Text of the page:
The origins of MicrobialEvolution.org
It is easy to find an evolution textbook and most of us who teach evolution have taken at least one -or many- evolution classes. The same is true for microbiology. But microbial evolution, this is a different story…
Microbial Evolution is a burgeoning field with a dearth of resources for teaching. Chris created a lecture/discussion style class (inventively entitled ‘Microbial Evolution’) from scratch. [Statements from Vaughn and Ben here]. From discussions with others we were far from alone. Everyone we’ve spoken to has been reinventing the wheel in a vacuum.
In an effort to help catalyze a community that values teaching we have decided to try to create a web site in which ideas and information can be shared and questions can be asked. Finally making good on this particular outreach activity proposed as part of his NSF CAREER Award Chris Marx bought the domain name MicrobialEvolution.org and threw together some information before the 2011 Gordon Research Conference in Microbial Population Biology. In soliciting feedback there he discovered that both Ben Kerr and Vaughn Cooper also proposed to make a website in their NSF CAREER Awards (DEB-0845893 to CJM). We quickly agreed that three contributors to one solution made the most sense and have since directed all of efforts to this single site.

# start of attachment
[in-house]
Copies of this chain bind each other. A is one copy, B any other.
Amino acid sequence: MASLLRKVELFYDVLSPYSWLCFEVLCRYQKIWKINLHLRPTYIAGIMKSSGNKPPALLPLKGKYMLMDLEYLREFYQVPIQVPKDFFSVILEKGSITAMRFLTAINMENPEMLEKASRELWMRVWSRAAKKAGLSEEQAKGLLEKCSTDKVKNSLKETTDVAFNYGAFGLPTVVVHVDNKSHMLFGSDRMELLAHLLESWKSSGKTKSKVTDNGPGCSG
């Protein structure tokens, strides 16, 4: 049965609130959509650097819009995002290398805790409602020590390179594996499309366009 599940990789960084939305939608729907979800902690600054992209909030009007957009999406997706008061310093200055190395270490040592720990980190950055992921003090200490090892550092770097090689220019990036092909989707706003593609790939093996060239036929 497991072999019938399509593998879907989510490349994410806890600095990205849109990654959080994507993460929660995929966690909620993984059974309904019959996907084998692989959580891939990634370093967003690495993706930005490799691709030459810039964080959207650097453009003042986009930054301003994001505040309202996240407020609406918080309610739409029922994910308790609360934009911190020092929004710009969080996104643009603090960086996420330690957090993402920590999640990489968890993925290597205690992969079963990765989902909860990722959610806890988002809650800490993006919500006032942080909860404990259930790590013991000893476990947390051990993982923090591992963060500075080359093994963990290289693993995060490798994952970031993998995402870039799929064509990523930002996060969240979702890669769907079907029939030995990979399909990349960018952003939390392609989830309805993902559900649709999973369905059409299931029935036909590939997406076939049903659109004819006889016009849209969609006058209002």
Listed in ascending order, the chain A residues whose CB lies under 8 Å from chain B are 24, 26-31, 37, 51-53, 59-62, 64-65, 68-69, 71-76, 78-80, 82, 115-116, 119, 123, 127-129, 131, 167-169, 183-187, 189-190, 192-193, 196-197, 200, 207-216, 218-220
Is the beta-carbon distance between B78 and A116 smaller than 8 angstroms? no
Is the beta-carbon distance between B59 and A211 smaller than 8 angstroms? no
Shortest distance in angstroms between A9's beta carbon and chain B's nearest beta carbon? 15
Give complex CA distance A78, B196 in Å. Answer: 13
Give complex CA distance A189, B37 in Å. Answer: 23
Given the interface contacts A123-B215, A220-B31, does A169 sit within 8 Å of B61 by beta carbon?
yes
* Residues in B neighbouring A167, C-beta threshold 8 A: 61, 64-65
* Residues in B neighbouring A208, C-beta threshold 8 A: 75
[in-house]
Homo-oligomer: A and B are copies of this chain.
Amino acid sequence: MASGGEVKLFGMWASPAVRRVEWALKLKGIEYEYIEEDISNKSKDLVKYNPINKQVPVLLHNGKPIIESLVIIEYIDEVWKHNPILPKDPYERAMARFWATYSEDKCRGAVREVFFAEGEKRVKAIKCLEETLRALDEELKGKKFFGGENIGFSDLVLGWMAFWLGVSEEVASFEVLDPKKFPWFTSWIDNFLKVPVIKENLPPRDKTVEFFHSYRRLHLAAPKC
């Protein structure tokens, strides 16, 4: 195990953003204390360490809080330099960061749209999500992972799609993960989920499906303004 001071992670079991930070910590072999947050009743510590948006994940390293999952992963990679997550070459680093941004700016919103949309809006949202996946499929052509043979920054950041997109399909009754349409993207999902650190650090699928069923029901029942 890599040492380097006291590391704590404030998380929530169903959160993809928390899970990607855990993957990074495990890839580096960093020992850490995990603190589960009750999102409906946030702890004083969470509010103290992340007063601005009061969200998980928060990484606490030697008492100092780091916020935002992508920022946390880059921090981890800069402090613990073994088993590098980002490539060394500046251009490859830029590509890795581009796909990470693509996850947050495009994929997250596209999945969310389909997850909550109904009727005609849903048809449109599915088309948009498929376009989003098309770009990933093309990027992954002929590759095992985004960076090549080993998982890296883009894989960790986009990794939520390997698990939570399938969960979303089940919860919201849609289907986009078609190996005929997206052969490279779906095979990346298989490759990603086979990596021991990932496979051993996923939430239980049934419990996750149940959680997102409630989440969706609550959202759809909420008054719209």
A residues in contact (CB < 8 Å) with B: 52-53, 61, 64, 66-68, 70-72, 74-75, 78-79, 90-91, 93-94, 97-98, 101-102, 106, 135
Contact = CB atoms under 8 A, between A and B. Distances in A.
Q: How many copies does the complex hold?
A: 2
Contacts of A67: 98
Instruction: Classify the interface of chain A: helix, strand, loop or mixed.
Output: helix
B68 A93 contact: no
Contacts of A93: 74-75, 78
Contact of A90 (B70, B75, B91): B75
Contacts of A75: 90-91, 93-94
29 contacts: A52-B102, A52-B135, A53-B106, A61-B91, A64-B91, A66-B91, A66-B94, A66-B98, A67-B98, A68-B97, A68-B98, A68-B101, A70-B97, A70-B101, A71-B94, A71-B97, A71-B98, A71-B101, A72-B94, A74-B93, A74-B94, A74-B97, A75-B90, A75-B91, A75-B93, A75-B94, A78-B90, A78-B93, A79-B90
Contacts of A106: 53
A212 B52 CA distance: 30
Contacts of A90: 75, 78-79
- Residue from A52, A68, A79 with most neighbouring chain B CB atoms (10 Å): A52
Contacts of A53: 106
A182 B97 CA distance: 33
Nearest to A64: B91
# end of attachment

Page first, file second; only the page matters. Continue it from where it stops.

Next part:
As with our experiments, it will also evolve. Variation will be provided by our own ideas, as well as from the community. Selection will hopefully take place from feedback from our ‘customers’: you. Inheritance is our job; we’ll do our best to keep this site running and moving forward as best as we can.
So please look around at the resources that your colleagues have shared. If you have questions, please ask them on our forum. If you are curious about our own teaching/educational experiences, check out our blog. And most of all, if you have something to share in terms of educational material or feedback we’d love to see it.
Thanks so much,
Chris Marx (Harvard University),
Ben Kerr (University of Washington)
Vaughn Cooper (University of New Hampshire)
This material is based upon work supported by the National Science Foundation under Grant Number DEB-0845893